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Dispute Shows a Union Firmly Anchored at West Coast Ports

The ILWU owes its staying power to its founders, who ensured members' total control over the seaboard.

October 13, 2002|Nancy Cleeland | Times Staff Writer

Along with enviable wages, generous pensions and work rules that hark back to an earlier generation, members of the International Longshore and Warehouse Union retain another relic of blue-collar America -- the proud swagger of being in charge.

"Longies" have owned the West Coast waterfront for six decades, through years that saw the U.S. labor movement grow strong and bold, then fragmented and weak.

The union represents just 10,500 dockworkers -- a fraction of its peak membership and a tiny pool compared with the numbers of unionized auto workers or machinists. Yet its power is gargantuan, as demonstrated by the recent labor dispute that brought ports from San Diego to Seattle to a standstill and drained billions of dollars from the U.S. economy.

Shipping company officials closed the ports for 10 days after presenting evidence of union slowdowns that cut productivity 50%. Under pressure from retailers and manufacturers, President Bush last week invoked the rarely used Taft-Hartley Act to get the ports open again.

Part of the union's power comes from being dealt a good hand. The union represents crane operators who move multi-ton containers off ships and forklift drivers who stack the containers onto rail cars and trucks.

Those are skilled jobs that cannot be shipped to Third World sweatshops, and they have become more important as the U.S. economy goes global.

Perhaps more significant, however, are the foresight of the union's founders, who ensured members' control of the Western seaboard, and the pit-bull-like determination of their successors to hold on to that legacy.

Union leaders view their current contract battle with the shipping industry as part of an old and justified struggle to retain the jurisdiction and control that keep them strong. In this case, they worry about holding on to jobs that could be chased off the docks by computers and the Internet.

"If you don't have the jobs, you don't have the wages, you don't have the benefits, you don't have the pensions and you don't have the union to protect them," said union spokesman Steve Stallone.

Once vulnerable day laborers, longies have become working-class icons, earning wages that range from $28 to $40 an hour, with high premiums for night or early shifts, for jobs that require no college education. Salaries for veteran clerks and supervisors easily can top $150,000 a year.


Rivals' Resentment

Union leaders don't apologize for those high wages and benefits, explaining that their perks were earned through a bargain made decades ago, when employers offered to share the fruits of increased production if the union would accept drastic job cuts that would come with the implementation of contain shipping.

They also note that most members earn their union cards by putting in several years of apprentice-like "casual labor," a time of unpredictable hours and no benefits.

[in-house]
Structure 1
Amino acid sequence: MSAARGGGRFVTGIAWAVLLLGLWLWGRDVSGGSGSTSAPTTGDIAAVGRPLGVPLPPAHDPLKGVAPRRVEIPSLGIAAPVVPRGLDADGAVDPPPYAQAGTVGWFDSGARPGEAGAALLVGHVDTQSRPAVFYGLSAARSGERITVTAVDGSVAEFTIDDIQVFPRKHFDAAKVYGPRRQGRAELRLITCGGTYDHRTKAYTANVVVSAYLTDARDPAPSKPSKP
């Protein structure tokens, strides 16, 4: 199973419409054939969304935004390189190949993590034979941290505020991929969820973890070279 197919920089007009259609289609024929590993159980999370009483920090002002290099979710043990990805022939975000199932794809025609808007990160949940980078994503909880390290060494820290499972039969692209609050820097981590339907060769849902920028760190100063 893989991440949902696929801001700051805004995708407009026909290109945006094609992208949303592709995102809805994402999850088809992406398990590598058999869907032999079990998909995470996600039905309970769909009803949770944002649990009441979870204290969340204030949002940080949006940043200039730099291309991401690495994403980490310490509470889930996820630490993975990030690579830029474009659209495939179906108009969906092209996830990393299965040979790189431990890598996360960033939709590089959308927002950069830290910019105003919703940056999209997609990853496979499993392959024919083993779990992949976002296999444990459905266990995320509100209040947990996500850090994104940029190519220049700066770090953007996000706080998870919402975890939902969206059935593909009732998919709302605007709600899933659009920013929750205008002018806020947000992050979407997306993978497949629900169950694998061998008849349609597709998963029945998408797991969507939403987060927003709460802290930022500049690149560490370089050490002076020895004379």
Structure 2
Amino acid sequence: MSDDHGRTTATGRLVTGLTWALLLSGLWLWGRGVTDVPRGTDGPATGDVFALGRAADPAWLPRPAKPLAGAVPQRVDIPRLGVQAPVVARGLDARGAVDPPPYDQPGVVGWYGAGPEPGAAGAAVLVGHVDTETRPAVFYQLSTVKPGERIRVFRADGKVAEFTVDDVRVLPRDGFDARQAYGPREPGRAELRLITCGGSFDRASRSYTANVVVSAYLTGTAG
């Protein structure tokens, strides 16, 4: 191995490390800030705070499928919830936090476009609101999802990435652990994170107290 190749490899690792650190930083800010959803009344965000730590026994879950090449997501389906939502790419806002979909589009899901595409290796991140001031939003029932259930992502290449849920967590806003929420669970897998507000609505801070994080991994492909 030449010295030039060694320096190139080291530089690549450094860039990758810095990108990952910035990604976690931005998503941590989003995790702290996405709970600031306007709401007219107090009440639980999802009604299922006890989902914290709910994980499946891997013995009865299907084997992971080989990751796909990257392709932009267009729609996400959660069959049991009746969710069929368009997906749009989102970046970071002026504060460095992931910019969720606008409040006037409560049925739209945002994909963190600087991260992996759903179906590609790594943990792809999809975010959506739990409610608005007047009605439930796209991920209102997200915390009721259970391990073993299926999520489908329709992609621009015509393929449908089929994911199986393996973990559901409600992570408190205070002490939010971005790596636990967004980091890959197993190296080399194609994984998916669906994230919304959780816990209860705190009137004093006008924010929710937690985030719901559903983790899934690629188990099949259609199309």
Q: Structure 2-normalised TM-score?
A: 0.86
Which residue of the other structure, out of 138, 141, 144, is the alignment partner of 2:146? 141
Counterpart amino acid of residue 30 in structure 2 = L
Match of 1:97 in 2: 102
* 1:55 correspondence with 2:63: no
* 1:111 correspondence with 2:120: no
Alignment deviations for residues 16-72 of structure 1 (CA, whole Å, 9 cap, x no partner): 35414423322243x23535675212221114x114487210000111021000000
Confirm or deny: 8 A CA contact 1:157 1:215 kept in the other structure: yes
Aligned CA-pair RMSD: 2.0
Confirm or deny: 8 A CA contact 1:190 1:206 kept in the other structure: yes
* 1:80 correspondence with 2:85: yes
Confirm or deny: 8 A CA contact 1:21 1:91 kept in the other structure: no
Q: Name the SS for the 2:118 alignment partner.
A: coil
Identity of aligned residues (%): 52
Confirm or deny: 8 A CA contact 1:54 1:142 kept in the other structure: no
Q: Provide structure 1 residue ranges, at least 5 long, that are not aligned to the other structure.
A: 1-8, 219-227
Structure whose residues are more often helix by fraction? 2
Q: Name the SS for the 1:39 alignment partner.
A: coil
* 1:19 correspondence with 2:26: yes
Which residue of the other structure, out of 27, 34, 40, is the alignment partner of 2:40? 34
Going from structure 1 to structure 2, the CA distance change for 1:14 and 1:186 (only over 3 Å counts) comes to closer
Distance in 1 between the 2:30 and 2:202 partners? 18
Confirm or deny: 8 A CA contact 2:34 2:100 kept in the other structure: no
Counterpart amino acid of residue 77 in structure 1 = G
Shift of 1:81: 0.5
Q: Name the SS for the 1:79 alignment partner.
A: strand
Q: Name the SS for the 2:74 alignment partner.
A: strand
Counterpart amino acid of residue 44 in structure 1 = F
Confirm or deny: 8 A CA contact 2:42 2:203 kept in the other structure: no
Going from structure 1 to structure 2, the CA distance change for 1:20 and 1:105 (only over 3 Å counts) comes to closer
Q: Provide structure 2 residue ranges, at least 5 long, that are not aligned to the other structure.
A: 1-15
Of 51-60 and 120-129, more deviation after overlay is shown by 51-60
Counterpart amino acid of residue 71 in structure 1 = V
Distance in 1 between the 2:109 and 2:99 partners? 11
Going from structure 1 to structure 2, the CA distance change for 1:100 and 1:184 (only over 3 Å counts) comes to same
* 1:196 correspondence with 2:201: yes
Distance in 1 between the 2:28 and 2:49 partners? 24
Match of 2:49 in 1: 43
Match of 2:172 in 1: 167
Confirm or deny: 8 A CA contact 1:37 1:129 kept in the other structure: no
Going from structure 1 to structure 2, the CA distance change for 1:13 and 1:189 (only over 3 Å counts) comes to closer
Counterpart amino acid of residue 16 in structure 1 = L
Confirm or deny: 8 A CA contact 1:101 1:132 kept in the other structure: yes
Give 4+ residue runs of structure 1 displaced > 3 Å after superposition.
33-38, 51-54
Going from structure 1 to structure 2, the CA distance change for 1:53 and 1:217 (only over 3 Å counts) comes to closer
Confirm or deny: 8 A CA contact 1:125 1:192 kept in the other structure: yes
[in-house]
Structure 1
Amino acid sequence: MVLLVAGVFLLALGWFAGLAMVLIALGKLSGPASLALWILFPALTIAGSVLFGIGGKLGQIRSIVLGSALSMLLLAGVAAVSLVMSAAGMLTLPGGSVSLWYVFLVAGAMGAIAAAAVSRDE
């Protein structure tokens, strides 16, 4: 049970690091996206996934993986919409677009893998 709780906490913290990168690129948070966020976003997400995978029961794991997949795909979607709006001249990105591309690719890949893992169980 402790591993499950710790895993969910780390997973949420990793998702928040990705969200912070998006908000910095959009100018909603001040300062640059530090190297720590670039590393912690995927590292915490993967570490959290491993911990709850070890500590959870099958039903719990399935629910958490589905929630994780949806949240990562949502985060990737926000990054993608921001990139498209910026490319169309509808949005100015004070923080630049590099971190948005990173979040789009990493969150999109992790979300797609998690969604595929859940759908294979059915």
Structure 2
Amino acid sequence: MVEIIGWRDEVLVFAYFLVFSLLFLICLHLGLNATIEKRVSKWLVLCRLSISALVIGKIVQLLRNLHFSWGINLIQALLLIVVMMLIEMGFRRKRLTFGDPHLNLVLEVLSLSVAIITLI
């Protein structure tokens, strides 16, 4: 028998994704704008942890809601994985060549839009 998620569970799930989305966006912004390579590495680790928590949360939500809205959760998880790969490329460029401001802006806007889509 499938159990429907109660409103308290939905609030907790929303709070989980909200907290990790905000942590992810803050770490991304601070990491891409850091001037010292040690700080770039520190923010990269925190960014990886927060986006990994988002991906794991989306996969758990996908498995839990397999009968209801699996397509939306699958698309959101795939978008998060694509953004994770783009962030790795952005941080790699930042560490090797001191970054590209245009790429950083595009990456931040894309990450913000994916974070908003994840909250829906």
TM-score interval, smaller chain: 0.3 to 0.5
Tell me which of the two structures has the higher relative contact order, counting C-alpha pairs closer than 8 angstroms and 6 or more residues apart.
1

There is no question, however, that the ILWU's good fortune has evoked envy and resentment. Members of rival unions, terminal managers and truckers who move through the docks every day maintain that the union's long success has bred a culture of entitlement and greed.

And they say that change, more than intransigent employers, could be its undoing.

"It's really disappointing that collectively they don't see how good they have it," said Jim, a payroll clerk at a Los Angeles terminal who, like many union critics, said he feared repercussions if he used his full name.

"It's insanity down here," he said. "They work half the time of most people and make twice the money and gripe about it all day. And any loss, any concession -- it's like drawing blood from a stone."

Such grumbling is nothing new, said David J. Olson, a political science professor at the University of Washington who has made a specialty of studying the ILWU.

"People have been making the same kinds of charges for decades -- that the union is arrogant, strong-headed, too militant, too possessive of the space it occupies on the docks," he said. "I see greater consistency than differences here. It's been a fundamental principle of the ILWU from its first breath that the union controls the production process on the terminals. They see themselves as lords of the docks."

Nothing about the International Longshore and Warehouse Union can be understood fully without a look at its history, particularly its legendary founder, Harry Bridges.

Bridges was a scrappy laborer from Australia who worked the San Francisco docks when the job was demeaning, dangerous and barely provided a living. In 1934 he became active in a series of violent waterfront strikes and emerged as the leader of the union that was born out of them. On July 5, during a dramatic confrontation between striking longshore workers and police on San Francisco's Embarcadero, two men were shot dead and 30 suffered gunshot wounds -- a day remembered by longies ever since as Bloody Thursday.

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